By: Jenny Wise
Parenting a child on the autism spectrum often involves some level of adaptation. A child with autism responds differently to the world around them, so it takes a bit more thought to make sure the environment they live in is one in which they can feel truly safe, comfortable, and stimulated (but not too much). The bedroom is the most important room in the house for a child, so here are a few ways in which you can make it a perfect fit.
According to VeryWell Family, all children benefit from sensory play. It teaches them how to use their senses to understand the world around them while improving fine motor skills and providing a calming effect. For children with autism, who often struggle with sensory integration, sensory play is absolutely essential.
The best way to encourage sensory play in the bedroom is to have a dedicated space to it. It can be a desk, a pile of beanbags, or a rug. Make it as fun and interesting as possible, and fill it with toys, books, and craft supplies that encourage sensory play and exploration.
Overstimulation is a common issue for children with autism spectrum disorder. However, a few simple steps can be enough to keep them comfortable while also creating a relaxing environment in which they can sleep soundly at night.
● If the neighborhood is noisy, make small changes to soundproof the room.
● Avoid fluorescent lighting at all costs, as it can be distressing to people on the spectrum. Use warm, muted lighting instead, preferably with a dimmer.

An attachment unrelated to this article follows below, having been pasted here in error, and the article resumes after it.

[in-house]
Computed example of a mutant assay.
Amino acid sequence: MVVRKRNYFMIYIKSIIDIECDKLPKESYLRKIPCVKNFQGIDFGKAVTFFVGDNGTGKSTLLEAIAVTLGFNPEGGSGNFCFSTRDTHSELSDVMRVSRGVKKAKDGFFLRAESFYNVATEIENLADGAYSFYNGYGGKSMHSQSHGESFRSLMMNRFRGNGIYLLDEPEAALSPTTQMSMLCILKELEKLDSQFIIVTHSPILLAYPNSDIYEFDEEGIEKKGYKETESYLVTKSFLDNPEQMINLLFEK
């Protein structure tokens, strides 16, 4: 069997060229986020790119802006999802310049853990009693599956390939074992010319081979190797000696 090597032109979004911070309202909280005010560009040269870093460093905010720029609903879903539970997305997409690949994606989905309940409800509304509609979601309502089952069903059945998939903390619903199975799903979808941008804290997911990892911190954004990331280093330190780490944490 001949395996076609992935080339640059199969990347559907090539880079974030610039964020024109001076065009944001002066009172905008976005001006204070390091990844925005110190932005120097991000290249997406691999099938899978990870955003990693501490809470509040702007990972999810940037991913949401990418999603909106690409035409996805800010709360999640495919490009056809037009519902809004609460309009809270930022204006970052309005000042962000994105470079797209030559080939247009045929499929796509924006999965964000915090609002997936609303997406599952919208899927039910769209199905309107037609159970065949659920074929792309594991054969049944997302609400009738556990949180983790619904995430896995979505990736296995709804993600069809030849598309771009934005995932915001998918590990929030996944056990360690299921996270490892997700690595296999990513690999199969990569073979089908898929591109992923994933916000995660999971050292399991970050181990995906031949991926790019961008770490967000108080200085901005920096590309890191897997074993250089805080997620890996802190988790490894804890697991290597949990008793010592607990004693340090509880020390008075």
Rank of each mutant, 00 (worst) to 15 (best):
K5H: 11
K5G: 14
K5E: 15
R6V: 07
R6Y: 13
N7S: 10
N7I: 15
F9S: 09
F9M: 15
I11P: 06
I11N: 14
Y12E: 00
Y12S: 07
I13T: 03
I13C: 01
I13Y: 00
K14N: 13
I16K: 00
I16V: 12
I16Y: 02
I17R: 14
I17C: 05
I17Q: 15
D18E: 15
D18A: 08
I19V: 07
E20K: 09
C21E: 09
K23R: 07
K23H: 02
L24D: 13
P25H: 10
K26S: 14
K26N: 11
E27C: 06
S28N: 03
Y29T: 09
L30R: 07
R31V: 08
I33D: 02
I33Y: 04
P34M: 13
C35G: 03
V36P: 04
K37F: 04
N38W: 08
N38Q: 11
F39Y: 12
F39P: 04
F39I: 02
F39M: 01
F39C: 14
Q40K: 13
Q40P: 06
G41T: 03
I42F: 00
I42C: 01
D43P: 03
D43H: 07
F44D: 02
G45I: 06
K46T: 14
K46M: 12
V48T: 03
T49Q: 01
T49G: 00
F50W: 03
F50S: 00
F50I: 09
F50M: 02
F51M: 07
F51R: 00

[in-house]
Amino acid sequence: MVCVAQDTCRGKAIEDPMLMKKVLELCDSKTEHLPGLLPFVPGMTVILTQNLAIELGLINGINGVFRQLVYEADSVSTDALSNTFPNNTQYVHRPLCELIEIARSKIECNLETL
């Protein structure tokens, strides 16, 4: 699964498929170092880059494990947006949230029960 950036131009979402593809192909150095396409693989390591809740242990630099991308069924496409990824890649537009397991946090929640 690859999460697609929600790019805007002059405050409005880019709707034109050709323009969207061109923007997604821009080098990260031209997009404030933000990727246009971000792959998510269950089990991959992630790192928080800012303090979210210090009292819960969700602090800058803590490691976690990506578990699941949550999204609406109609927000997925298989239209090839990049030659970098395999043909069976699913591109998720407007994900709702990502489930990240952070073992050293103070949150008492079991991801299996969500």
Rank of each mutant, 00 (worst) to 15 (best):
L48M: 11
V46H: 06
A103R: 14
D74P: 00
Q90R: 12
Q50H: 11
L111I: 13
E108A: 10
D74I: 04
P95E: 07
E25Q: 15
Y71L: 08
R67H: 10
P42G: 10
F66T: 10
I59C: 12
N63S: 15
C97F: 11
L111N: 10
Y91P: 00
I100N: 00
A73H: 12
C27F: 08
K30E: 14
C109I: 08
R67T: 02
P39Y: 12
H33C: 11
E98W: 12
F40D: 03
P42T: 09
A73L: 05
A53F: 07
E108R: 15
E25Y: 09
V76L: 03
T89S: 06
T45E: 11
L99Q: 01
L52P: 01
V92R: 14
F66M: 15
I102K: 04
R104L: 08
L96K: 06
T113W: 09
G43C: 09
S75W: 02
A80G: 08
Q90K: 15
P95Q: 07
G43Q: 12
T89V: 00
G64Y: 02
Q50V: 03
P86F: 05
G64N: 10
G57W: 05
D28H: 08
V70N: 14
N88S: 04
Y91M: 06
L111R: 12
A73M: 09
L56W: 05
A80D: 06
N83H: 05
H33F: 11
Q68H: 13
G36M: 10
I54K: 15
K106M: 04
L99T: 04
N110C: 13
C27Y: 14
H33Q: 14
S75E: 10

● Use soothing essential oils such as lavender, vetiver, and chamomile. Use a diffuser and start off with low concentrations to make sure the smell isn’t overpowering.
An Organized Space
Children with autism tend to like organization and clear rules, so it’s up to you to set up an easy-to-follow system. Use clearly labeled boxes and cubbies with pictures of the type of object that is meant to go in each box. Also, set a daily routine where your child has 10 minutes to put everything in its place, and be consistent.
It also helps if you change the accepted attitude toward toys. The idea of “toy minimalism” has gained traction in the past few years, which advocates that children don’t need as many toys as we give them. This idea is very useful for children with autism since it helps keep clutter under control. This guide by Becoming Minimalist has some good, practical advice on getting started.
These tips are also very useful for parents of children in wheelchairs or with limited mobility, as keeping the room tidy is essential for the child to be able to move about freely and safely.
Beyond The Bedroom
Although the bedroom should be your child’s sanctuary, you should still strive to make sure the rest of the house feels equally comfortable and stimulating. The backyard is an especially important area to focus on since outdoor play can help development in children with autism.
This is another great place to incorporate sensory play. Great examples of outdoor sensory play include a sandbox, bird sanctuary (where the child gets to interact with the seeds), and various fun forms of water play. Many DIY sensory toys and games can be a bit messy, so it’s also a great idea to take these outdoors when the weather is good.
Of course, this advice isn’t going to necessarily apply to every child with autism. Things like sensory stimulation vary widely from child to child, and it’s crucial to keep this in mind when you are designing their ideal bedroom. No one knows what makes them feel safe and happy as much as they do, so let your child be your guide.
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